And I might have gone near to love thee, Had I not found the slightest prayer

That lips could speak, had power to move thee; But I can let thee now alone, As worthy to be loved by none. I do confess thou’rt sweet, but find

Thee such an unthrift of thy sweets,
Thy favours are but like the wind,

That kisses everything it meets :
And since thou can with more than one,
Thou’rt worthy to be kissed by none.
The morning rose that untouched stands,

Armed with her briars, how sweetly smells ;
But, plucked and strained through ruder hands,

Her sweet no longer with her dwells.

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But scent and beauty both are gone,
And leaves fall from her, one by one.
Such fate ere long will thee betide,

When thou hast handled been a while ;
Like sere flowers to be thrown aside ;-

And I will sigh, while some will smile,
To see thy love for more than one
Hath brought thee to be loved by none.

Sir Robert Aytoun.

XVI

THE SHEPHERD'S FAREWELL.

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While that the sun with his beams hot

Scorched the fruits in vale and mountain,
Philon the shepherd, late forgot,
Sitting beside a crystal fountain,

In shadow of a green oak tree

Upon his pipe this song played he: Adieu Love, adieu Love, untrue Love, Untrue Love, untrue Love, adieu Love; Your mind is light, soon lost for new love. So long as I was in your sight,

I was your heart, your soul, and treasure ; And evermore you sobbed and sighed, Burning in flames beyond all measure :

Three days endured your love to me,

And it was lost in other three!
Adieu Love, adieu Love, untrue Love,
Untrue Love, untrue Love, adieu Love;
Your mind is light, soon lost for new love.
Another shepherd you did sce,

To whom your heart was soon enchained ;
Full soon your love was leapt from me,

Full soon my place he had obtained.

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Soon came a third, your love to win,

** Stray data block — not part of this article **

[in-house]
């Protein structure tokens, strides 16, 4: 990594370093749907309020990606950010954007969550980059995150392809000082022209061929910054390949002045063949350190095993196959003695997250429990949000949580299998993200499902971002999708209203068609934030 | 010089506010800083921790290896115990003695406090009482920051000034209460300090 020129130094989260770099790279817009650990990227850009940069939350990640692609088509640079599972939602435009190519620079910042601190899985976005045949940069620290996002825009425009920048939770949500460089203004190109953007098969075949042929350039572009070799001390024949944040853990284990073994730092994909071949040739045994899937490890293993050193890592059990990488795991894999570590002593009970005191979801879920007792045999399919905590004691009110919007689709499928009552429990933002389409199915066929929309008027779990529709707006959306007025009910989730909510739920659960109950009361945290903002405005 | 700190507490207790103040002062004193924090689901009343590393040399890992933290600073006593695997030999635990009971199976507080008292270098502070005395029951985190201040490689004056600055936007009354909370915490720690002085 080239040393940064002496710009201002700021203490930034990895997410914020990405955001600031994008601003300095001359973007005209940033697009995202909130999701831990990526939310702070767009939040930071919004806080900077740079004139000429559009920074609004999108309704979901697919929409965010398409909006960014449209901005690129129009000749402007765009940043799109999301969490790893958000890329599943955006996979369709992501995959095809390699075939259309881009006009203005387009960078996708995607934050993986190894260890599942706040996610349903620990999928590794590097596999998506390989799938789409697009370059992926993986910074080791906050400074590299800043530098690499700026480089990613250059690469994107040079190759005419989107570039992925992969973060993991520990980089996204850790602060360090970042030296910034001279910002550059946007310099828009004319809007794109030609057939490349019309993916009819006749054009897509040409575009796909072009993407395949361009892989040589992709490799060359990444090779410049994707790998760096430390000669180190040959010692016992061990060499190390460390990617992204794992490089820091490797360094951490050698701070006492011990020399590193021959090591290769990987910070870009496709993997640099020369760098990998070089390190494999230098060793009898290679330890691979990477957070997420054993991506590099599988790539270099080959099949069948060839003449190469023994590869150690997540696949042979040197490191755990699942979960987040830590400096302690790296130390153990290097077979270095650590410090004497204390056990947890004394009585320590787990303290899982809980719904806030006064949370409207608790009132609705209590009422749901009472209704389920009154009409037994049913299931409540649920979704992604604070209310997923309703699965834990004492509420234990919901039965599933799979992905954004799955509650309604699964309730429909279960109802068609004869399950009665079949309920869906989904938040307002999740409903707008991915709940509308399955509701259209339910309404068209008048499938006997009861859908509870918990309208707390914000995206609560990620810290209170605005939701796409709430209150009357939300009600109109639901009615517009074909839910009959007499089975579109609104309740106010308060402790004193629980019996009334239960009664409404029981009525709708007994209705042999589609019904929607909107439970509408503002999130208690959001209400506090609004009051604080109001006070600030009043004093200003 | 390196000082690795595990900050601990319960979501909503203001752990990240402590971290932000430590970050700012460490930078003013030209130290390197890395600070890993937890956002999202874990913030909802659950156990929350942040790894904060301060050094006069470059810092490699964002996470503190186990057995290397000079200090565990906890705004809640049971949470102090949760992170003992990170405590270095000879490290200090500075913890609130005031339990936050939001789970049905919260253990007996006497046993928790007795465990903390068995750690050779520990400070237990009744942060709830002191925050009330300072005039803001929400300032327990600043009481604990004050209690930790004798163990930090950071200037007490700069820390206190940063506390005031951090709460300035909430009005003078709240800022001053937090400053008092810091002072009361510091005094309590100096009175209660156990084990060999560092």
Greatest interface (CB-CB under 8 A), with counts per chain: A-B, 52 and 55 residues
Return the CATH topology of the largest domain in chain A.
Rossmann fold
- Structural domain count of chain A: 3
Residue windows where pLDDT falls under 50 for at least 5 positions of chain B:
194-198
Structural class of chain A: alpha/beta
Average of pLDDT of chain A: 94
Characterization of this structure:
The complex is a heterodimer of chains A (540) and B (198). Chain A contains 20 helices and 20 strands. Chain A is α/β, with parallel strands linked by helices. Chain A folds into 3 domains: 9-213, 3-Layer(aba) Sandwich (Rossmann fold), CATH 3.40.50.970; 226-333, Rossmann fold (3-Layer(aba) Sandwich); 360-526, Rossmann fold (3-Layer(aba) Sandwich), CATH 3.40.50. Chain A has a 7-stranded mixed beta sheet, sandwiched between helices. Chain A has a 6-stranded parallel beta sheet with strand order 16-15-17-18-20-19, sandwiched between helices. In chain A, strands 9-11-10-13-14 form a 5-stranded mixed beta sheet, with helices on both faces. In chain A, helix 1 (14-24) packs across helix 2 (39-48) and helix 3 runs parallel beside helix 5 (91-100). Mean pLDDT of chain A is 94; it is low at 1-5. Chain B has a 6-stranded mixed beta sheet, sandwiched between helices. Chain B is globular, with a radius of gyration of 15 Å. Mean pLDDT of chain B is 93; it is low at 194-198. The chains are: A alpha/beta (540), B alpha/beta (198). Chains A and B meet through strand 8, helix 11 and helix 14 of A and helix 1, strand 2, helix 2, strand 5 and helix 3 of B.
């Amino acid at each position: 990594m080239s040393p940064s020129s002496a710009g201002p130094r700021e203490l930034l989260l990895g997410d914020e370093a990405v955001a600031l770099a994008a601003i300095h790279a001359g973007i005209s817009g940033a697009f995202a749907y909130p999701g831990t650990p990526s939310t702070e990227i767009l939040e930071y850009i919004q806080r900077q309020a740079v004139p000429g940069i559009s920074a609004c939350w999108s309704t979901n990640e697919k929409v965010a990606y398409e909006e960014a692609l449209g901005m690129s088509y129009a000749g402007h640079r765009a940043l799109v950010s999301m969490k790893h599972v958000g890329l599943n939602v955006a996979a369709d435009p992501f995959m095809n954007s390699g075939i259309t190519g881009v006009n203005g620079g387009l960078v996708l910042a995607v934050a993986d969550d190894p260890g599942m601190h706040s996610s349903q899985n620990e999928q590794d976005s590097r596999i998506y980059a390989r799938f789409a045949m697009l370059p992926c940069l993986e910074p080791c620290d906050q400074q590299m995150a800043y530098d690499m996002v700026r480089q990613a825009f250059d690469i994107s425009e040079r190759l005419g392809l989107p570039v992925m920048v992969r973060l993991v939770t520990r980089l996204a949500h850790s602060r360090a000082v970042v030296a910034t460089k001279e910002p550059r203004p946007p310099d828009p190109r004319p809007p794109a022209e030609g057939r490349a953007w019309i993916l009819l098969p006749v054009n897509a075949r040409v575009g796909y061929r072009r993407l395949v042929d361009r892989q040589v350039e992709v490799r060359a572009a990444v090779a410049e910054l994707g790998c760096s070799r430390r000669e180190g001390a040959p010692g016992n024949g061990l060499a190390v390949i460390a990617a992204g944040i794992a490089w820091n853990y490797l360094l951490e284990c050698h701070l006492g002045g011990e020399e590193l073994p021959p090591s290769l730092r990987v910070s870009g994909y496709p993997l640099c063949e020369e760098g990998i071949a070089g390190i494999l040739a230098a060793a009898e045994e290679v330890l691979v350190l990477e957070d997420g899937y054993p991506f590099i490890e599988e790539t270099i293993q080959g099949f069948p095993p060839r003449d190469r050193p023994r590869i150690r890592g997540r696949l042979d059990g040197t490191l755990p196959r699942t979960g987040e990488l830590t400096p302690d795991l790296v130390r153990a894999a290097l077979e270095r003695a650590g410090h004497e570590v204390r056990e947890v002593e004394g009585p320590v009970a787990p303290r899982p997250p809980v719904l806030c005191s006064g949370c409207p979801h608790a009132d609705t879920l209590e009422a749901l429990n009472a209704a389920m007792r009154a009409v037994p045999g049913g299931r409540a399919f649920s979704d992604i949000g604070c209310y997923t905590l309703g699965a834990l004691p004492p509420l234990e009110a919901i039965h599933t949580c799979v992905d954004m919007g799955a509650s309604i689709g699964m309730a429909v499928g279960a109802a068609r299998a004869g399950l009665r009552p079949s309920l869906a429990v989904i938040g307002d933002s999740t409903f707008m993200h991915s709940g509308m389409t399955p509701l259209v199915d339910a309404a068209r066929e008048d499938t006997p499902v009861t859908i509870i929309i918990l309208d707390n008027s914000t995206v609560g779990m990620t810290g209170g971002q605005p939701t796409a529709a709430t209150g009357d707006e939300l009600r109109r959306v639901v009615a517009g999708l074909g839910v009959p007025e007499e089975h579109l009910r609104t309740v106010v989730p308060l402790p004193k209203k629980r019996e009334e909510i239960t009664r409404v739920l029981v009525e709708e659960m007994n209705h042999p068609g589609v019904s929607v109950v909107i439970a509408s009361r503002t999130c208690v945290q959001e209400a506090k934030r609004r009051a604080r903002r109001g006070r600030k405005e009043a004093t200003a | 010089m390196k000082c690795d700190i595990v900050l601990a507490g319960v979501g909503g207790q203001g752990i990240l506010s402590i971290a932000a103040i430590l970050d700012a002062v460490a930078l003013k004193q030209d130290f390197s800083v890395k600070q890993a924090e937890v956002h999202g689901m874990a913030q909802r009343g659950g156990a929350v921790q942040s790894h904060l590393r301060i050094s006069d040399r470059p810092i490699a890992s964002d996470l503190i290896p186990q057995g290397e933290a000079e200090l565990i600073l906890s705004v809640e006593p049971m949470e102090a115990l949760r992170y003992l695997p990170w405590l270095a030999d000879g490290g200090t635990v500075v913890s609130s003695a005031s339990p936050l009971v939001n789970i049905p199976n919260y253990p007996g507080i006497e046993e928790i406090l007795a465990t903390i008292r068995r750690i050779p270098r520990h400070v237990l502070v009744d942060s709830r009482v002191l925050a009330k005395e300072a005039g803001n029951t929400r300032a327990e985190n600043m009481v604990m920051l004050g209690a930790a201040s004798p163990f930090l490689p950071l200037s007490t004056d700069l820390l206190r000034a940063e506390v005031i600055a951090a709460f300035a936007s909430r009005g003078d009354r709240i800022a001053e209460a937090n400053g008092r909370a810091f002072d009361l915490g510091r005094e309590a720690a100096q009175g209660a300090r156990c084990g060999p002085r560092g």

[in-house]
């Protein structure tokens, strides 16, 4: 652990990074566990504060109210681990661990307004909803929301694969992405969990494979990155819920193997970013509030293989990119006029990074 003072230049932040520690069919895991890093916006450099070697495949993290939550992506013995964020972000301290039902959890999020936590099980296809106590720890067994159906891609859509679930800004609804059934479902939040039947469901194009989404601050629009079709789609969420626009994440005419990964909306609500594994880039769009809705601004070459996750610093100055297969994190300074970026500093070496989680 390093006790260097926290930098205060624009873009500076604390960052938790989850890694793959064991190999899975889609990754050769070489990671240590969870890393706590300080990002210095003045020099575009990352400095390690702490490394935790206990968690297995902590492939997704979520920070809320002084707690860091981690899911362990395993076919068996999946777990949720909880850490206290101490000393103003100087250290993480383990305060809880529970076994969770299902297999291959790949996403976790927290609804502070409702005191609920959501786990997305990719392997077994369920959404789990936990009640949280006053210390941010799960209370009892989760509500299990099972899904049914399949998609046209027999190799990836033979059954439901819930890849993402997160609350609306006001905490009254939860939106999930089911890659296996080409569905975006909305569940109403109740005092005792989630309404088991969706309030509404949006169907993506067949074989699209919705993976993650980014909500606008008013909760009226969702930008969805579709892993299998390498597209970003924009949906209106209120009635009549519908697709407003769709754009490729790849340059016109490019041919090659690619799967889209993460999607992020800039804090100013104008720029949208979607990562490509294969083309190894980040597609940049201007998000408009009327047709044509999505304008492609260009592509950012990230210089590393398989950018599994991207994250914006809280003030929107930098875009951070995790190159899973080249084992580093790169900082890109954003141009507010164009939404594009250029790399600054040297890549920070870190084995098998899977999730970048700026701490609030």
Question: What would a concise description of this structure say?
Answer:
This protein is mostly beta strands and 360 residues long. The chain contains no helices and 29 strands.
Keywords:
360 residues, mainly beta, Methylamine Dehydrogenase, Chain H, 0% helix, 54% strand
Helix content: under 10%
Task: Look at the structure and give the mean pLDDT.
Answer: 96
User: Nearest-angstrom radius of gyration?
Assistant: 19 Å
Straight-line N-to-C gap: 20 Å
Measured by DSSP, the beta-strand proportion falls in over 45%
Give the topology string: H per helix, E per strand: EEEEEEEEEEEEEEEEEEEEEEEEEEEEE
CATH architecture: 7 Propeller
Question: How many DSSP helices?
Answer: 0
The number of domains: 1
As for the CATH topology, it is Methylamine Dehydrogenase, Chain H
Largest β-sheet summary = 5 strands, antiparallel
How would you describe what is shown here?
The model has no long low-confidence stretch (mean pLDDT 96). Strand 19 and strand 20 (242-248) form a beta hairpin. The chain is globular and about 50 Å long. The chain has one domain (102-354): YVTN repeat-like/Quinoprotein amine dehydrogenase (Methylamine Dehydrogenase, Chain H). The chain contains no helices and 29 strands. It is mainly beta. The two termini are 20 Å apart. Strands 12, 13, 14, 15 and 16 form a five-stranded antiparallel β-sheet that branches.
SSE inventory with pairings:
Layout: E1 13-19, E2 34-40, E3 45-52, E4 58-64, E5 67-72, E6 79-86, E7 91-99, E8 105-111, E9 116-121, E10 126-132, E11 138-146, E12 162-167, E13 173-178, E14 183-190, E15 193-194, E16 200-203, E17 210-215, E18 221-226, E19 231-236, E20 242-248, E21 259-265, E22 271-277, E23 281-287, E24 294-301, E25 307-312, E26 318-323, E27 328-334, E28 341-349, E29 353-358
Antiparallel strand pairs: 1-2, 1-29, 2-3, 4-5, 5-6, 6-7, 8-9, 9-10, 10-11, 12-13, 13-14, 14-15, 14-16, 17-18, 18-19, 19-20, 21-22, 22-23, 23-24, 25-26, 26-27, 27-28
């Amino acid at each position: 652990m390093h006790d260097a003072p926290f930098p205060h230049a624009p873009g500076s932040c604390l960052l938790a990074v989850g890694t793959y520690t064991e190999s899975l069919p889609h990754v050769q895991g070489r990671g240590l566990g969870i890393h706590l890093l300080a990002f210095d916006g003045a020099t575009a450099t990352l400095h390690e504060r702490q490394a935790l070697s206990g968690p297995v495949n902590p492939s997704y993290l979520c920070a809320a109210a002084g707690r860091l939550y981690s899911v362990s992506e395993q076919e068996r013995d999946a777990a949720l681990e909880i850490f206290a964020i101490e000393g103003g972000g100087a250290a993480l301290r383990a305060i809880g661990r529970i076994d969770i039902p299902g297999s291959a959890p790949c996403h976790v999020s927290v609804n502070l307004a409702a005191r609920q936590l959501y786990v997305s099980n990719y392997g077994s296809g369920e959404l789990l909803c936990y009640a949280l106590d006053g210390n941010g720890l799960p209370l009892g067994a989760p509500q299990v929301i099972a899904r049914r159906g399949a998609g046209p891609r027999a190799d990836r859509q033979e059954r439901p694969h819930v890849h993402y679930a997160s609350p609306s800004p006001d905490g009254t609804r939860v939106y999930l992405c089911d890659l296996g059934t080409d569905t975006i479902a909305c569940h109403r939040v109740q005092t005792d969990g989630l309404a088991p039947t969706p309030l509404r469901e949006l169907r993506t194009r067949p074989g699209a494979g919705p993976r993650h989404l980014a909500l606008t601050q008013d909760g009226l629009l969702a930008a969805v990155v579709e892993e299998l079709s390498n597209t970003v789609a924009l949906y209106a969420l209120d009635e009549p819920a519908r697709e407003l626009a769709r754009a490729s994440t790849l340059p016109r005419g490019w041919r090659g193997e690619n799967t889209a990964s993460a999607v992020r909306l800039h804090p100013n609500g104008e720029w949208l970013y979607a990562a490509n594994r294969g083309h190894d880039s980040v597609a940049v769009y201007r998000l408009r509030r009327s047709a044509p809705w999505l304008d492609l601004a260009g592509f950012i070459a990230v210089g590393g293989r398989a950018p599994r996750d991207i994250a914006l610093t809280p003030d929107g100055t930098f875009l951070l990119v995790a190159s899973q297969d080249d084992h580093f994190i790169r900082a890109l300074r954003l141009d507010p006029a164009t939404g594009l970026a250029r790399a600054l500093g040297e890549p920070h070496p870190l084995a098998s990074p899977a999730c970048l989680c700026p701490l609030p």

And we were out, and he was in.
Adieu Love, adieu Love, untrue Love,
Untrue Love, untrue Love, adieu Love ;
Your mind is light, soon lost for new love.

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Sure you have made me passing glad

That you your mind so soon removed,
Before that I the leisure had
To choose you for my best beloved :

For all your love was past and done

Two days before it was begun :-
Adieu Love, adieu Love, untrue Love,
Untrue Love, untrue Love, adieu Love ;
Your mind is light, soon lost for new love.

Anon.

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XVII

SONNET.

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Rudely thou wrongest my dear heart's desire,
In finding fault with her too portly pride :
The thing which I do most in her admire,
Is of the world unworthy most envíed ;
For in those lofty looks is close implied
Scorn of base things and sdeign of foul dishonour,
Threatening rash eyes which gaze on her so wide,
That loosely they ne dare to look upon her.
Such pride is praise, such portliness is honour;
That boldness innocence bears in her eyes;
And her fair countenance, like a goodly banner,
Spreads in defiance of all enemies.
Was never in this world ought worthy tried,
Without some spark of such self-pleasing pride.

Edmund Spenser.

IO